Characterizing Reinforcement Learning Methods through Parameterized Learning Problems
Journal Article - Open Access
University of Texas at Austin Austin United States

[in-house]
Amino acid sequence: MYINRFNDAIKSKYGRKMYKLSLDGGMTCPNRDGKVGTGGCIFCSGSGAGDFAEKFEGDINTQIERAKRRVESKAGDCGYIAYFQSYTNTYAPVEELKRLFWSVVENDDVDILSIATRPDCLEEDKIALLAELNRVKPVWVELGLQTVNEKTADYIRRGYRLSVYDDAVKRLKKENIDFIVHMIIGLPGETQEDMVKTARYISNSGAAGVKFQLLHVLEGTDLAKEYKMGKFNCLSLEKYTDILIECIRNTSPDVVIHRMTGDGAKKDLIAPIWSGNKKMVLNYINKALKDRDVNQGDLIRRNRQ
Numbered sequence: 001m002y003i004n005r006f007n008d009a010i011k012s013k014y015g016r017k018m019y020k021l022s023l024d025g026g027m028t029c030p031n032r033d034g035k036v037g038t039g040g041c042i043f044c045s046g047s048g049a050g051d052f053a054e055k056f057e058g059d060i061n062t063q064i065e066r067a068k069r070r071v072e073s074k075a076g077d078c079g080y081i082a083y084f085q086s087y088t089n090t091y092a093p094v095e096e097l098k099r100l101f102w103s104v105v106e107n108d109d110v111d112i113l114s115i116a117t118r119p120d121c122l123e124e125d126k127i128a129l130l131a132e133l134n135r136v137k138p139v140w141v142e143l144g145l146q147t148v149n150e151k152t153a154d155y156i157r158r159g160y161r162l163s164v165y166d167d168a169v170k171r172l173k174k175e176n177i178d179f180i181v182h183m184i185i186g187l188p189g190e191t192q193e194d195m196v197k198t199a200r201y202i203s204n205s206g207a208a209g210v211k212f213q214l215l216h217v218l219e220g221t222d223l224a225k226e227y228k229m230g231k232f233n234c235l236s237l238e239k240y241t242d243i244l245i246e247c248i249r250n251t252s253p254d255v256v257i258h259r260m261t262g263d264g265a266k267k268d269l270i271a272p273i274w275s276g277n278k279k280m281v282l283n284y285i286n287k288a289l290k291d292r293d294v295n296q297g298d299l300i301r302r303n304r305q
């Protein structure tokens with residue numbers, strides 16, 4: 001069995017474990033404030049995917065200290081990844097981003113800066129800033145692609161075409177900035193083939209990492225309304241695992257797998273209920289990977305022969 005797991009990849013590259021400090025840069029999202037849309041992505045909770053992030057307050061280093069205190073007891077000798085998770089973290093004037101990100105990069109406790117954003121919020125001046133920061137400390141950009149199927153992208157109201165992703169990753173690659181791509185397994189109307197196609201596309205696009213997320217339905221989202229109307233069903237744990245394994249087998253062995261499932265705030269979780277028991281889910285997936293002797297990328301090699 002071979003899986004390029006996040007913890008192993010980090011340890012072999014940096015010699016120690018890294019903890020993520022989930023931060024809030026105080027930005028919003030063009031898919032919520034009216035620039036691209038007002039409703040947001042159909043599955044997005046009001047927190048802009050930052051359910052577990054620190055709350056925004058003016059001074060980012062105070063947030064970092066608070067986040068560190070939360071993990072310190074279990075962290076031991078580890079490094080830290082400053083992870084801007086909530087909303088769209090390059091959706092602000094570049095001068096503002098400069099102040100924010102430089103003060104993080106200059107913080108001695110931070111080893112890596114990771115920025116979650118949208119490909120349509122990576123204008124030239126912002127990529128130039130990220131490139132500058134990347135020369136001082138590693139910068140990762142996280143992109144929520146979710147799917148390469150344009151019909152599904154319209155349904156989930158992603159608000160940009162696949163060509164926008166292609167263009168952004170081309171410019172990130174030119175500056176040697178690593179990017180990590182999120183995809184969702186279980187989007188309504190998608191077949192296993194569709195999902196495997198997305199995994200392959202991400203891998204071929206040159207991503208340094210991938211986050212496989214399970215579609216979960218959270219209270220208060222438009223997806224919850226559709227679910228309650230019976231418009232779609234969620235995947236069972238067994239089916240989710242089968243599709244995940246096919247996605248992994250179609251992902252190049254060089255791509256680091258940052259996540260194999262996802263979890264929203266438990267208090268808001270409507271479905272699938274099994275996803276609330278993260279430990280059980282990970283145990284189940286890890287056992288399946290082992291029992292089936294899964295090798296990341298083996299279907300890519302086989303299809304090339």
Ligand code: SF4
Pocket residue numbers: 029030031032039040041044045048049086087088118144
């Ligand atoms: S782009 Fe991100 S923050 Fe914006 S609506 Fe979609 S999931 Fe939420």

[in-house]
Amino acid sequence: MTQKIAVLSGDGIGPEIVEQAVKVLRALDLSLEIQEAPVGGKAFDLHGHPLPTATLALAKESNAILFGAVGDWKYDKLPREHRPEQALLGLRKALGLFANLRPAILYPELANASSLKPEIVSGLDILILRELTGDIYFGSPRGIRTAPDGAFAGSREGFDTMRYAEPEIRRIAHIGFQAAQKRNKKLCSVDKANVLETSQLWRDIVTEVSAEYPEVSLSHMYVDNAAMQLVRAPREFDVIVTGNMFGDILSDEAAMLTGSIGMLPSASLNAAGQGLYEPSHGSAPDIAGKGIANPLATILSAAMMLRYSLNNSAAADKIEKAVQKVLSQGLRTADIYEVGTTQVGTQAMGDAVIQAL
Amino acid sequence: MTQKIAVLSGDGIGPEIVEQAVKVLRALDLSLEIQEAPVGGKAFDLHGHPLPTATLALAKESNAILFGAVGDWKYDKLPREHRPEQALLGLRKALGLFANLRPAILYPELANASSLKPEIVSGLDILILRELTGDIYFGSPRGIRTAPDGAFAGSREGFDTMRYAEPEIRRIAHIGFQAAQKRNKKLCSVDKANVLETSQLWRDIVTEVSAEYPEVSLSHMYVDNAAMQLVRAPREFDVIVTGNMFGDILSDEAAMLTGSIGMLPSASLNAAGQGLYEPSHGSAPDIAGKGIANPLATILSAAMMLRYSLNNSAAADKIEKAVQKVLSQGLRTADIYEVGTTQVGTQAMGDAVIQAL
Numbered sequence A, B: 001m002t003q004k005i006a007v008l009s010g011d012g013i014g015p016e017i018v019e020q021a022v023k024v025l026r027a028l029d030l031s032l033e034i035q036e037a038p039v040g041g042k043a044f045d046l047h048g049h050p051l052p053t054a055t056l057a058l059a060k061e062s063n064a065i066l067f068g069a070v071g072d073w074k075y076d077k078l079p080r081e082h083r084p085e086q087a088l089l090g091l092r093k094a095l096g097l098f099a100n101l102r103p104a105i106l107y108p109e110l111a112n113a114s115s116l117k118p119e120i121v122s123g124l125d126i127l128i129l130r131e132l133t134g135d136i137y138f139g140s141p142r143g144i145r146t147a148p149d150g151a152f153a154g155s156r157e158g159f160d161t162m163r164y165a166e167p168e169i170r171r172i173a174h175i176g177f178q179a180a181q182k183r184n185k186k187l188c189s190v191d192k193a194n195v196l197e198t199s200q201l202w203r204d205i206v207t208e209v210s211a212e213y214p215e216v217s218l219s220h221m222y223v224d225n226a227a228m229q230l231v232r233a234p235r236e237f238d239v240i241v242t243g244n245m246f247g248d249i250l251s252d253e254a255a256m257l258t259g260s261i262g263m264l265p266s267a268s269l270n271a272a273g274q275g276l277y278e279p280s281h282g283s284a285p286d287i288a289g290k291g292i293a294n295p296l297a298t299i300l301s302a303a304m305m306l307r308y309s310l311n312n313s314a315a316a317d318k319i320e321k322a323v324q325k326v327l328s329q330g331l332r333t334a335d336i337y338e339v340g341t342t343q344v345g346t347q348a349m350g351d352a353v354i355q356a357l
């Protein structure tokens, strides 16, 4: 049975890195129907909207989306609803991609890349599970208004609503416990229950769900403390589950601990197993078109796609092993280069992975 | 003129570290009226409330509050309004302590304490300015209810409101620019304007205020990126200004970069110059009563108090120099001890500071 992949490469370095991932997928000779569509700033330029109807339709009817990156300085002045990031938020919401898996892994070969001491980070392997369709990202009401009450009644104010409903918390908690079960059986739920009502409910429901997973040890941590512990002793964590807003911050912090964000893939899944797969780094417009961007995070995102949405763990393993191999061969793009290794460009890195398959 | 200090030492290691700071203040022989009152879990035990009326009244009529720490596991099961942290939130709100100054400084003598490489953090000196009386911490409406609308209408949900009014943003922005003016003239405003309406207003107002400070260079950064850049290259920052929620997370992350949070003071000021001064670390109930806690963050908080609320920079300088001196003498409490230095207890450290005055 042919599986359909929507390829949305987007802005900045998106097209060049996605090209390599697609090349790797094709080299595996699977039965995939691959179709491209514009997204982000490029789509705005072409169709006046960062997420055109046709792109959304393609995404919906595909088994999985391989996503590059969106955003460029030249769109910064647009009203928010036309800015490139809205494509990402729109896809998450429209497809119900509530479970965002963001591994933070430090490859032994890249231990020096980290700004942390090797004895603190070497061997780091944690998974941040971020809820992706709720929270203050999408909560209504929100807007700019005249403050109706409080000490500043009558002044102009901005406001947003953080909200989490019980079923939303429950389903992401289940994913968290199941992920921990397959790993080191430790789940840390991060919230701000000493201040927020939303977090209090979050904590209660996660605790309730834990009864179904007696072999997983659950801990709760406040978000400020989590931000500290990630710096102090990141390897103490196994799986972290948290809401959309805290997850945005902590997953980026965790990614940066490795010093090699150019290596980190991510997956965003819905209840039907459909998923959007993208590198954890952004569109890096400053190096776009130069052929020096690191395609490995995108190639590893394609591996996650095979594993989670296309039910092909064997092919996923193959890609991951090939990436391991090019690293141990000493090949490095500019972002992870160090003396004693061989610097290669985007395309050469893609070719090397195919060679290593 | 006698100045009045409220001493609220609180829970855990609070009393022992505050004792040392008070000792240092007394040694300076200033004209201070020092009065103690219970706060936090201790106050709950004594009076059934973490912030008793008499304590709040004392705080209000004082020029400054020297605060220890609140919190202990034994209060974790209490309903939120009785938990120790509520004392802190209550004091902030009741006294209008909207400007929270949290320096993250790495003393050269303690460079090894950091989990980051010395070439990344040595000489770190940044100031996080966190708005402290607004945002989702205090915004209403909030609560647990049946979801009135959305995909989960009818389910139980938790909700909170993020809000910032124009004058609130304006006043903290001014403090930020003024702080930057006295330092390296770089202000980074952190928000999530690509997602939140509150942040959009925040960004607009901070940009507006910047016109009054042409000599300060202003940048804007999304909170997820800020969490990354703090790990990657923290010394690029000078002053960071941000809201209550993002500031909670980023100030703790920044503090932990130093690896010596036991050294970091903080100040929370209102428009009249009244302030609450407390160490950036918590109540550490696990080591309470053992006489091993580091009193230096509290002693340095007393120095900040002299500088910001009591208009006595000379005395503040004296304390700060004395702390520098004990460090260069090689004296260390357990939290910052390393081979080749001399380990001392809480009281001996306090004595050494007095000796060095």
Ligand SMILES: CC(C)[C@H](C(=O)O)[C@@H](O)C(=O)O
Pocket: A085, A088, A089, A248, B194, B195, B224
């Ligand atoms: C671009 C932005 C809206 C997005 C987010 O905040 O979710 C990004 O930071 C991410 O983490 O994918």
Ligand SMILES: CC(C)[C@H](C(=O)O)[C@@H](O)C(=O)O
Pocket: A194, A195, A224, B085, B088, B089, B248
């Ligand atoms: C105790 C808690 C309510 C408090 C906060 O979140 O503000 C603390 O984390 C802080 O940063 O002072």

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The field of reinforcement learning RL has been energized in the past few decades by elegant theoretical results indicating under what conditions, and how quickly, certain algorithms are guaranteed to converge to optimal policies. However, in practical problems, these conditions are seldom met. When we cannot achieve optimality, the performance of RL algorithms must be measured empirically. Consequently, in order to meaningfully differentiate learning methods, it becomes necessary to characterize their performance on different problems, taking into account factors such as state estimation, exploration, function approximation, and constraints on computation and memory. To this end, we propose parameterized learning problems, in which such factors can be controlled systematically and their effects on learning methods characterized through targeted studies. Apart from providing very precise control of the parameters that affect learning, our parameterized learning problems enable benchmarking against optimal behavior their relatively small sizes facilitate extensive experimentation. Based on a survey of existing RL applications, in this article, we focus our attention on two predominant, first order factors partial observability and function approximation. We design an appropriate parameterized learning problem, through which we compare two qualitatively distinct classes of algorithms on-line value function-based methods and policy search methods. Empirical comparisons among various methods within each of these classes project Sarsa and Q-learning as winners among the former, and CMA-ES as the winner in the latter. Comparing Sarsa and CMA-ES further on relevant problem instances, our study highlights regions of the problem space favoring their contrasting approaches. Short run-times for our experiments allow for an extensive search procedure that provides additional insights on relationships between method-specific parameterssuch as eligibility traces.